Case-Shiller: Home Prices Rose In August
October 30, 2012
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U.S. home prices continued to rise in August, marking the fifth consecutive month of improvement and adding fodder to growing sentiment that the housing market's worst days are behind it.
The latest S&P/Case-Shiller Home Price Indices report showed that on a month-to-month basis, the 10-City and 20-City Composites each rose 0.9 percent from July levels, and 19 out of the total 20 cities surveyed saw positive monthly changes, with the exception of Seattle.
The improving data comes hand in hand with other positive statistics, such as increases in new homebuilding as well as existing home sales, according to the report—all indicators that consumers are coming back to the market.
Single-family housing starts—the measure of supply—is up 43 percent from the previous year's pace, while demand for homes is rising, and consumer mortgage default rates are dropping to new lows, the report said.
"News on home prices confirm other good news about housing," David Blitzer, chairman of the Index Committee at S&P Dow Jones Indices, said in the report. "Further consumer confidence continues to rise. Even as we end the seasonally strong home buying period, the statistics are positive."
Indeed, some are still reluctant to call this stretch of improvement a bona fide recovery in housing, because home prices are traditionally stronger during the summer months, as many opt to purchase and move before the winter holiday season. But there's no doubt that a full-fledged recovery in housing is widely considered to be a key element in an overall economic recovery in the U.S.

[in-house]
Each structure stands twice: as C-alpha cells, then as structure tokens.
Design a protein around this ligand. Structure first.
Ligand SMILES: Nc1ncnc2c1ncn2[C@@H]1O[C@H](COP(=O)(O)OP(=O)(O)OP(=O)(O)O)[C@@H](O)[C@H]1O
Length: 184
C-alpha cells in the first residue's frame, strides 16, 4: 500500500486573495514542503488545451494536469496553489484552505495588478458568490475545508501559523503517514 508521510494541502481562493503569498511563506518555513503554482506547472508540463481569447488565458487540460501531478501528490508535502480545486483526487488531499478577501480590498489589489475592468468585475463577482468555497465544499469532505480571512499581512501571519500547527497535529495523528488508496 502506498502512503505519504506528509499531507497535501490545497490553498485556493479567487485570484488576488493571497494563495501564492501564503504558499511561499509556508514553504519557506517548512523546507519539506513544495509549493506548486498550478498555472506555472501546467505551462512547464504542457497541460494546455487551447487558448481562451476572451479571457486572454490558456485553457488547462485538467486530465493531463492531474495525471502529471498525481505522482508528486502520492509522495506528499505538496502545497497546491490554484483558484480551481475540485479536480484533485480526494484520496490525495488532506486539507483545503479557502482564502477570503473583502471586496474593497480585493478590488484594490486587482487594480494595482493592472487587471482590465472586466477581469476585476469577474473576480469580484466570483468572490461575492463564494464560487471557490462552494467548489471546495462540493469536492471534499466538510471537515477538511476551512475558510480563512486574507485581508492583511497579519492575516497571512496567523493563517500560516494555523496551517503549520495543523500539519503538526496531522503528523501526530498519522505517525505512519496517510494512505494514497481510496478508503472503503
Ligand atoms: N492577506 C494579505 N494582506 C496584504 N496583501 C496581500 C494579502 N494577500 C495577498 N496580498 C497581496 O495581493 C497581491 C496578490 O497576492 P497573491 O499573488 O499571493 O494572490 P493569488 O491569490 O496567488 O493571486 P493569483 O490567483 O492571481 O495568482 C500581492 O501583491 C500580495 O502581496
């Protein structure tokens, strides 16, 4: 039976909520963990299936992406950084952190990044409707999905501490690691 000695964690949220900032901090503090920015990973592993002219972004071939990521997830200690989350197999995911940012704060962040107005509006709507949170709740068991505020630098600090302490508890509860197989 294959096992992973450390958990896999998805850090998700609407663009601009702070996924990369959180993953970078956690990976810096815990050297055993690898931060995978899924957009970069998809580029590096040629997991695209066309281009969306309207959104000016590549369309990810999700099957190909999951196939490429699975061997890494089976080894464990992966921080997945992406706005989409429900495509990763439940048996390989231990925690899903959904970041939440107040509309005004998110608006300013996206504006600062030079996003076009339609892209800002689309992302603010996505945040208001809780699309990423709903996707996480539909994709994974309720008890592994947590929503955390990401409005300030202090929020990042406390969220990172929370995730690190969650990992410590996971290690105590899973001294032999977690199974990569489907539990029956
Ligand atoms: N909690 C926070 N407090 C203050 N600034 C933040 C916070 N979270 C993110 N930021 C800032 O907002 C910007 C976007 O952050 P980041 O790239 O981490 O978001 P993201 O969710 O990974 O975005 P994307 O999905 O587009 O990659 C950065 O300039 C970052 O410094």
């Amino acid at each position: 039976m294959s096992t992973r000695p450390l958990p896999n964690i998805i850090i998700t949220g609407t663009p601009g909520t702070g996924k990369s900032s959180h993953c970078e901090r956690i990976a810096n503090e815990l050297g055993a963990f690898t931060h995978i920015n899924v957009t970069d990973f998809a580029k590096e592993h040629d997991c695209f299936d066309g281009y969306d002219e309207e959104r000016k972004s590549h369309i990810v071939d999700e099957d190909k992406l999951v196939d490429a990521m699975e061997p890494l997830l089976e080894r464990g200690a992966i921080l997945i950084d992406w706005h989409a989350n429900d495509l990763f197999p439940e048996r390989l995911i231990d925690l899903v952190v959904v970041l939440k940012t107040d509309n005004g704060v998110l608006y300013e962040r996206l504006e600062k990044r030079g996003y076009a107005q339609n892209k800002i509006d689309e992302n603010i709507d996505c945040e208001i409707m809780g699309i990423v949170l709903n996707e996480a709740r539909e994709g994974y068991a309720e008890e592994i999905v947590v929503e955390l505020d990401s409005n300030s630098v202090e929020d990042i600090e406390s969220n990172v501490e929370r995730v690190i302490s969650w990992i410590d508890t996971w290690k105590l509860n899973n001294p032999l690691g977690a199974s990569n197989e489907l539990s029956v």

But for now, it seems the market is at least moving in the right direction, even if home values, on average, remain about a third off their mid-2006 peak levels. A home in the U.S. today, on average, costs roughly what it did in summer of 2003.
Annual Numbers Also Fuel Optimism
On an annual basis, the 10-City and 20-City Composites are now 1.3 percent and 2.0 percent higher than what they were in August 2011, better annual rates than those seen in July.
What's more, home prices in 18 out of the 20 cities surveyed are now higher than they were a year ago, even if three cities still show negative annual rates—meaning the hole is getting shallower, but prices are still in the red.
Phoenix leads the pack, with annual gains of 18.8 percent from August 2011 levels, while Atlanta sits at the other end of the spectrum, with a negative annual rate of growth. Home values in Atlanta in August were still 6.1 percent lower than they were a year ago.
Seattle, the only city in the monthly data to show a month-on-month decline from July levels (prices there dropped 0.1 percent in August vs. July), still managed to hold onto a positive annual rate of 3.4 percent compared with home prices a year ago.